• Bible Films Blog

    Looking at film interpretations of the stories in the Bible - past, present and future, as well as current film releases with spiritual significance, and a few bits and pieces on the Bible.

    Thursday, April 28, 2011

    Digging Out the Talpiot Tomb Debate

    Back in 2007 there was a documentary and a great deal of subsequent discussion about the so-called Jesus Tomb at Talpiot. I wrote a few posts on the claims here, as well as a couple at ReJesus, but Mark Goodacre provided the most coverage.

    I was reminded of these discussions today when listening to the podcast for the BBC Radio 4 maths show "More or Less". Towards the end they discuss the probability of five people meeting whose fathers all had the first names John Charles. The initial calculation comes out to be one in several billion billions, but what's significant in this case is that this is not theoretical, "but" as the narrator says in Magnolia "it did happen".

    The team however quickly whittle down this astounding statistic down to something much more reasonable, and you can hear their reasoning about 23 minutes into the podcast (actual file here).

    A number of these reasons are also relevant to the Talpiot Tomb question. Firstly it was an actual discovery, so that changes the statistical calculations altogether, secondly the location appears significant, but various other locations would have given rise to a similarly apparent significance. Thirdly, the smaller and smaller the probabilities get the more likely it that a reality blip changes everything.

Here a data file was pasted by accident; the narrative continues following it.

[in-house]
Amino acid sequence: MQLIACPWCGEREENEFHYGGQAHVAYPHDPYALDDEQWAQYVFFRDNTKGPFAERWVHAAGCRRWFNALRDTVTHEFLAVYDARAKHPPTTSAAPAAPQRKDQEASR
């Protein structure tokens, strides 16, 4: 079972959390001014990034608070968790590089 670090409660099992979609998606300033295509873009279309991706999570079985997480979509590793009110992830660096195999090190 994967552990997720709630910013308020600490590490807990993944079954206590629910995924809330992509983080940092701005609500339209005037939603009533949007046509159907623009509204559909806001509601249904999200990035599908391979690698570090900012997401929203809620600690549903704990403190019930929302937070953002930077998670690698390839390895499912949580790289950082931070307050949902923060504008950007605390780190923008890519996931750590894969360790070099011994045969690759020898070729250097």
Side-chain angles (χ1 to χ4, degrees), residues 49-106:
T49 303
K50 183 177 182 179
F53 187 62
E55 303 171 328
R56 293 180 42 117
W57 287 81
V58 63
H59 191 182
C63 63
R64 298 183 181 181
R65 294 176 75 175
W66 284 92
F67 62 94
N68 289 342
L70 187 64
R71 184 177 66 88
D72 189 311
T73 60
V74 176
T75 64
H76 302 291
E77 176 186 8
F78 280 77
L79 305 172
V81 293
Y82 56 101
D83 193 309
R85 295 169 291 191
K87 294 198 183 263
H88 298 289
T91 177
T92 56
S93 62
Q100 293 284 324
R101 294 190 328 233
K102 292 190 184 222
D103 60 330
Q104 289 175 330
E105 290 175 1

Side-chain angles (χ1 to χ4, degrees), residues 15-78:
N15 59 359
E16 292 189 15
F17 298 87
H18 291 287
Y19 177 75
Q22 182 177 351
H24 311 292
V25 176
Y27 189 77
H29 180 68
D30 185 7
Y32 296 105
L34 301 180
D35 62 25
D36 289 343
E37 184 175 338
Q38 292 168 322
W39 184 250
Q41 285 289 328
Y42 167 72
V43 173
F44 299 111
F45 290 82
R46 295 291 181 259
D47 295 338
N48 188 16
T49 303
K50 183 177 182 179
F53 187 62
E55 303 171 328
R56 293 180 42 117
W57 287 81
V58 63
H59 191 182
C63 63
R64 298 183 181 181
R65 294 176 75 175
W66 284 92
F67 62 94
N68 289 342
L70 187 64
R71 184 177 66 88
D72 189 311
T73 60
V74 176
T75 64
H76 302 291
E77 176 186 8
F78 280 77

Coincidentally I was also musing on a related point again this weekend, how we tend to find names cluster together rather than occur at random. I once commented on Mark Goodacre's blog that a modern day example might be the cluster of names Seumas, Mary and Patrick. Individually the probability wouldn't be that high, purely on the basis of their popularity in the population as a whole. But in reality because they are all Catholic names the likelihood of finding such a cluster would be much higher than this simple basis for the calculation. If you searched for it in a Catholic part of Belfast you'd get a much higher number of families than if you searched in Kent, or a Protestant part of Belfast. Given how sectarian Judaism was at the time, it's reasonable to want to know about these names relate to each other before assuming the probabilities are all independent.